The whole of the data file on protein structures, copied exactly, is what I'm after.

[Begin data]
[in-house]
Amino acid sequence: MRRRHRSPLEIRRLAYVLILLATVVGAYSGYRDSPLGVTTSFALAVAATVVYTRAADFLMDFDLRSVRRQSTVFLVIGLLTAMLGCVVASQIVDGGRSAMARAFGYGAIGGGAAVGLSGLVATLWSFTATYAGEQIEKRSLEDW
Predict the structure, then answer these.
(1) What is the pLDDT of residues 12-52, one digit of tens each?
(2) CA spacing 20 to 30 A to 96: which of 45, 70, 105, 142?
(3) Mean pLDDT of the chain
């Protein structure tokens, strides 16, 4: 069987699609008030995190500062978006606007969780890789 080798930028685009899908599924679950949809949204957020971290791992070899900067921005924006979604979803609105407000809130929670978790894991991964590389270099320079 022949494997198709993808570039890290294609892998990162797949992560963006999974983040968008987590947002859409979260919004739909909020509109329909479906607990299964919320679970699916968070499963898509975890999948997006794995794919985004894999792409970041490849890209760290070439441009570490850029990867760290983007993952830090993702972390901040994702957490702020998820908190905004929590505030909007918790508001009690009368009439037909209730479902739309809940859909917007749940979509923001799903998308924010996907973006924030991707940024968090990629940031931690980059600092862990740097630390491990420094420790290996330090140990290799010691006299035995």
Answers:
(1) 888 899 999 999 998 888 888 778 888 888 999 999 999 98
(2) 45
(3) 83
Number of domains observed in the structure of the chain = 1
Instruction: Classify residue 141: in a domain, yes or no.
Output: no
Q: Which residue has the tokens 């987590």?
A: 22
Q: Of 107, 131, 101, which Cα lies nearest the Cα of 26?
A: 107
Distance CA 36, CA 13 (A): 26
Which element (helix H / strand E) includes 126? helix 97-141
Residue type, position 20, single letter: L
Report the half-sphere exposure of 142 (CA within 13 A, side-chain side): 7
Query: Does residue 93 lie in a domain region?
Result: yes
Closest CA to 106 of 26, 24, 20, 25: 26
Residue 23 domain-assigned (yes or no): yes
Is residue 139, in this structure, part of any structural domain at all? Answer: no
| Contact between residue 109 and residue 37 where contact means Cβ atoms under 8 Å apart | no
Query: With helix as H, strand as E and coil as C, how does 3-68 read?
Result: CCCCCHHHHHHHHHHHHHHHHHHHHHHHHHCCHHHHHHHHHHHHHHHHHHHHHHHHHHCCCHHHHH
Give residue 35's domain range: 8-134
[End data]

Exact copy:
[in-house]
Amino acid sequence: MRRRHRSPLEIRRLAYVLILLATVVGAYSGYRDSPLGVTTSFALAVAATVVYTRAADFLMDFDLRSVRRQSTVFLVIGLLTAMLGCVVASQIVDGGRSAMARAFGYGAIGGGAAVGLSGLVATLWSFTATYAGEQIEKRSLEDW
Predict the structure, then answer these.
(1) What is the pLDDT of residues 12-52, one digit of tens each?
(2) CA spacing 20 to 30 A to 96: which of 45, 70, 105, 142?
(3) Mean pLDDT of the chain
């Protein structure tokens, strides 16, 4: 069987699609008030995190500062978006606007969780890789 080798930028685009899908599924679950949809949204957020971290791992070899900067921005924006979604979803609105407000809130929670978790894991991964590389270099320079 022949494997198709993808570039890290294609892998990162797949992560963006999974983040968008987590947002859409979260919004739909909020509109329909479906607990299964919320679970699916968070499963898509975890999948997006794995794919985004894999792409970041490849890209760290070439441009570490850029990867760290983007993952830090993702972390901040994702957490702020998820908190905004929590505030909007918790508001009690009368009439037909209730479902739309809940859909917007749940979509923001799903998308924010996907973006924030991707940024968090990629940031931690980059600092862990740097630390491990420094420790290996330090140990290799010691006299035995």
Answers:
(1) 888 899 999 999 998 888 888 778 888 888 999 999 999 98
(2) 45
(3) 83
Number of domains observed in the structure of the chain = 1
Instruction: Classify residue 141: in a domain, yes or no.
Output: no
Q: Which residue has the tokens 């987590």?
A: 22
Q: Of 107, 131, 101, which Cα lies nearest the Cα of 26?
A: 107
Distance CA 36, CA 13 (A): 26
Which element (helix H / strand E) includes 126? helix 97-141
Residue type, position 20, single letter: L
Report the half-sphere exposure of 142 (CA within 13 A, side-chain side): 7
Query: Does residue 93 lie in a domain region?
Result: yes
Closest CA to 106 of 26, 24, 20, 25: 26
Residue 23 domain-assigned (yes or no): yes
Is residue 139, in this structure, part of any structural domain at all? Answer: no
| Contact between residue 109 and residue 37 where contact means Cβ atoms under 8 Å apart | no
Query: With helix as H, strand as E and coil as C, how does 3-68 read?
Result: CCCCCHHHHHHHHHHHHHHHHHHHHHHHHHCCHHHHHHHHHHHHHHHHHHHHHHHHHHCCCHHHHH
Give residue 35's domain range: 8-134